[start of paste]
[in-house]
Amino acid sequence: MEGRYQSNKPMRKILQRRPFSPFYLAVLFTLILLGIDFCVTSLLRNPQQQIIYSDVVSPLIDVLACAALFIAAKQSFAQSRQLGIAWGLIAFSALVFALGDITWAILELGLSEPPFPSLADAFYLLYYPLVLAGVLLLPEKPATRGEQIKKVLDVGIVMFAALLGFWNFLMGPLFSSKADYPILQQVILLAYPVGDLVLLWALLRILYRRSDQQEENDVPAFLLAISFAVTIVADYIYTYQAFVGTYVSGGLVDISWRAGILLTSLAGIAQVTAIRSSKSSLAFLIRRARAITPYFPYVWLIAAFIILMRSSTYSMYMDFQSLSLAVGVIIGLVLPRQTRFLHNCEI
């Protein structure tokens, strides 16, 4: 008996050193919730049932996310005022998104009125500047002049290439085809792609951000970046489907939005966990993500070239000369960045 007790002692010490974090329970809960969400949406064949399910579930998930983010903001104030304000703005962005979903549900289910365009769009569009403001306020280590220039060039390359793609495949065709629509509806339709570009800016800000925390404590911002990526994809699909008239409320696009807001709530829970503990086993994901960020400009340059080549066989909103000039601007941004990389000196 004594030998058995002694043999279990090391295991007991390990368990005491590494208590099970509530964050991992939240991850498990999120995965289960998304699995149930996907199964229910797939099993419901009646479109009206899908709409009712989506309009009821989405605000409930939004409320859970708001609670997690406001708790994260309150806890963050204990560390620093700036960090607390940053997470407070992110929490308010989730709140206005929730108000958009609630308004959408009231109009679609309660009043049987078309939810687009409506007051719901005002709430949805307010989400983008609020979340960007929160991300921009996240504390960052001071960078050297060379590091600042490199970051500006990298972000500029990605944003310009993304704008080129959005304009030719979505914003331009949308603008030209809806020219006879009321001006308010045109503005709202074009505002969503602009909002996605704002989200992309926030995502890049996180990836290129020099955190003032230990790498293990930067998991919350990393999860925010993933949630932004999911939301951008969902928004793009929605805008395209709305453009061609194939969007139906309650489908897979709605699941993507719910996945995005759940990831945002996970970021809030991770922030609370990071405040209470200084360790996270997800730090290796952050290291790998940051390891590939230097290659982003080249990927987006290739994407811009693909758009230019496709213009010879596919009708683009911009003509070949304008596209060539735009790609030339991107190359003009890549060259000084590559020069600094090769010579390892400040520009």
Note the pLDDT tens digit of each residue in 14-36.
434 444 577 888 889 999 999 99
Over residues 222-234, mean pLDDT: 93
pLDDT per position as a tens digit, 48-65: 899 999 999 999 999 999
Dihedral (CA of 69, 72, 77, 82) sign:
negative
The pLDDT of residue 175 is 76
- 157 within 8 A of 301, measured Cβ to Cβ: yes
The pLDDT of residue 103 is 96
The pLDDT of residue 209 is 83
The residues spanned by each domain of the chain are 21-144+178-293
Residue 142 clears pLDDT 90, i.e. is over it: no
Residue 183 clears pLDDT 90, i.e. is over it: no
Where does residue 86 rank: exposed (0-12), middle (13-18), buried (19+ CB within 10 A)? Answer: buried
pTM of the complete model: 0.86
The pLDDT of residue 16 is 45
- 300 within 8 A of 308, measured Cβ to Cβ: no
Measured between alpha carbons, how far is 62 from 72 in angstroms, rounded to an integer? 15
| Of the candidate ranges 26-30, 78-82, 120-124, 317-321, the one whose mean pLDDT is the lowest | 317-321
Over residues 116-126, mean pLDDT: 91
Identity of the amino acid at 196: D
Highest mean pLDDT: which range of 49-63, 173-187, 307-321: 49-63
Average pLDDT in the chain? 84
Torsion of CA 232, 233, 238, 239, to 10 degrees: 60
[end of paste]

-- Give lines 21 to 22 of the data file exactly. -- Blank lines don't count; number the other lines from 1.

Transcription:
Measured between alpha carbons, how far is 62 from 72 in angstroms, rounded to an integer? 15
| Of the candidate ranges 26-30, 78-82, 120-124, 317-321, the one whose mean pLDDT is the lowest | 317-321